UT Austin to keep Stan Richards' name on advertising school after he called motel campaign 'too black'
The University of Texas at Austin will keep the name of Dallas ad giant Stan Richards on its school of advertising, more than a year after he said a marketing campaign for a Motel 6 ad campaign was “too Black” for the motel’s “white supremacist constituents.”
“While we strongly denounce Richards’ remarks, we also acknowledge his remorse and his condemnation of racism and bigotry in all its forms,” Moody College of Communication Dean Jay Bernhardt said in a report emailed Monday to the college community. “When considering Richards’ offensive comments and subsequent apology on balance with his many significant contributions to the field and the College, we have decided that his name will remain on the School.”
The decision comes despite calls from faculty and students within the advertising and public relations school.
Richards made the statement in a Zoom meeting in October 2020 with about 40 employees.
Bernhardt said the college will rename some selected projects within the advertising and public relations school, including the “Stan Talks” video series. He also pledged a recommitment to the school’s diversity, equity and inclusion plans, including research about the state of diversity in advertising and public relations, and to increase the number of underrepresented groups of students in the school.
Richards was largely condemned for his comments at the time, which came on the heels of a tumultuous summer of racial reckoning across the country in the wake of the murder of George Floyd, a Black man, at the hands of a white police officer.
An apologetic Richards ultimately stepped away from the Richards Group, the company he founded in 1976, as multiple companies severed ties due to his words, including Motel 6.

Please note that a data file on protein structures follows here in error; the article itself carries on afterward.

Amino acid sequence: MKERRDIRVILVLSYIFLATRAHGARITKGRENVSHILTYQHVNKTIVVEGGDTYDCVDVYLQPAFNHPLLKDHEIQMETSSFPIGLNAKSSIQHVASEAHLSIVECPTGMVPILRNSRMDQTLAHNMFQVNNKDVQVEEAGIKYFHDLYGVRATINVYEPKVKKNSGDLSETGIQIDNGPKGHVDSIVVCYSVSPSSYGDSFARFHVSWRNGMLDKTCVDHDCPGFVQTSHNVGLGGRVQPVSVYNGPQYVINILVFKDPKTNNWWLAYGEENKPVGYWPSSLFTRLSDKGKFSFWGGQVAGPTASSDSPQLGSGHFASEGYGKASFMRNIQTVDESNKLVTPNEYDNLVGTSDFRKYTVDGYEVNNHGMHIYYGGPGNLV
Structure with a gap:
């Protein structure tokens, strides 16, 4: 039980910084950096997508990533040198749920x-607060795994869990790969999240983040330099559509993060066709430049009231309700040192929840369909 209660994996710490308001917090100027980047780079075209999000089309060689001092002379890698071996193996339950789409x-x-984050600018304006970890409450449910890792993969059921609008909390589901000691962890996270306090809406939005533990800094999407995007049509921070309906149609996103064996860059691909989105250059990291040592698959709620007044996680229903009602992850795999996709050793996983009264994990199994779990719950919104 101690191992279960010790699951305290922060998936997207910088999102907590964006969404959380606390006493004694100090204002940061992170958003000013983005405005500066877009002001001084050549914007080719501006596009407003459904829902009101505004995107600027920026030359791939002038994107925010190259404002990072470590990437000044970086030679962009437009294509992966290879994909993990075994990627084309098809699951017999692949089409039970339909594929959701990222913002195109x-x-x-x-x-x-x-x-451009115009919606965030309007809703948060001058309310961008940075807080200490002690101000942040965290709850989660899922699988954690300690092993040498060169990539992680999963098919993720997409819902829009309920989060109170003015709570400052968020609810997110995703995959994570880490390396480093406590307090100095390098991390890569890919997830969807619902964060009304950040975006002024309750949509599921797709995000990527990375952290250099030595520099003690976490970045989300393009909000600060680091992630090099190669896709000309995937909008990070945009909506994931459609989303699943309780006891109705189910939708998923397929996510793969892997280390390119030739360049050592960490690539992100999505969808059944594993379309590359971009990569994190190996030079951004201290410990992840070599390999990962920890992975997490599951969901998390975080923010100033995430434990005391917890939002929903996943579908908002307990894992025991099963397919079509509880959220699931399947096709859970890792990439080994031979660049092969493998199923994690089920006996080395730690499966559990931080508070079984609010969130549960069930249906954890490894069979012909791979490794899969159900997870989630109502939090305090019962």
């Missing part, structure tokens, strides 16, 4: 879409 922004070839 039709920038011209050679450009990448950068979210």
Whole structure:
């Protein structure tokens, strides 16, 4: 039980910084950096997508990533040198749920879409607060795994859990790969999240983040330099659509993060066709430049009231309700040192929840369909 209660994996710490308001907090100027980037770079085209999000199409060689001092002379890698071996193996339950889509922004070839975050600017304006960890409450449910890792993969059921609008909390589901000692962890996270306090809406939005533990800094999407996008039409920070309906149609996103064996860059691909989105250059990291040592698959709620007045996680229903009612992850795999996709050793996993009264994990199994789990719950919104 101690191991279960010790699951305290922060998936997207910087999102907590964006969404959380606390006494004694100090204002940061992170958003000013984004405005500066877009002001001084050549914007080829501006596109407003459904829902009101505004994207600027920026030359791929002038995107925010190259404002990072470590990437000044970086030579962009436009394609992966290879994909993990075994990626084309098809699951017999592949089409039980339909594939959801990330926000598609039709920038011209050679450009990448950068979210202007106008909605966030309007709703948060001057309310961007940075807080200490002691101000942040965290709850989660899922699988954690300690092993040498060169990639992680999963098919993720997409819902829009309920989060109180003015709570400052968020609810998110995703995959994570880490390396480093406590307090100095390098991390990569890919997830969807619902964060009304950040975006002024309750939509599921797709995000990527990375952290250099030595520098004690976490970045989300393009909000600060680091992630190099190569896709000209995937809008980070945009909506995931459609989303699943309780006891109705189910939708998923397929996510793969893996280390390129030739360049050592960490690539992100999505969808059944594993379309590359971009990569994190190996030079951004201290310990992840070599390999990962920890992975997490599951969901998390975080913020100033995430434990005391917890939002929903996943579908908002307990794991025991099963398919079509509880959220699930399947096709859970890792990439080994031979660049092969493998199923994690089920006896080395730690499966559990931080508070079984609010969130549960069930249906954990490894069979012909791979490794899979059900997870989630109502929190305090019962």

“I have deeply disappointed those who have looked to me for guidance and leadership. In that moment, I wiped out years of trust,” Richards said in a recorded apology video to the UT-Austin advertising and public relations school community released in the days after his comments came to light. “All I can say is that I was wrong. I'm sorry.”
Initially, Bernhardt sent out an email last fall that said leaders of the college were also concerned by Richards’ comments and would be looking into the situation.
The college then hired two outside experts to “help us gather more information and ensure all voices from our community are given an opportunity to be heard.” The school hired Michael Kinkaid, the founder and chief executive of a company called Overcoming Racism, to lead five meetings with faculty, students and staff.
An unnamed outside expert was hired to conduct an independent review of Richards’ remarks and the “context and history within which they occurred.”
Richards’ comments caused outrage among faculty and students in the Stan Richards School within the Moody College of Communication. The Daily Texan editorial board called on the university to rename the school.
“University leaders shouldn’t have to rely on an “outside expert” to tell them what the majority of their students, faculty and staff already know: Stan Richards’ words were racist and hurtful,” the editorial read.
The student equity council within the advertising and public relations school changed its name from the Stan Richards School’s Equity Council to the Texas ADV/PR Equity Student Council.
“This is not the leadership we need, and this is not the leadership we deserve,” the group said in a statement announcing the name change. “We need and deserve accountability, transparency, and leadership that understands that the industry and world has a long way to go on the path to real change and that no historically underrepresented group is “too” anything.”
The Moody College raised $10 million to establish the school bearing Richards’ name, which launched in 2014, with the help of contributions from corporations, foundations and individuals, including Richards.
In June, UT-Austin renamed the Belo Center for New Media to the G. B. Dealey Center for New Media at the request of the original donors and with the approval of the University of Texas Board of Regents. Dealey was a long-time publisher of the Dallas Morning News. Alfred Horatio Belo launched the Dallas Morning News, served as a Confederate colonel in the Civil War.
From The Texas Tribune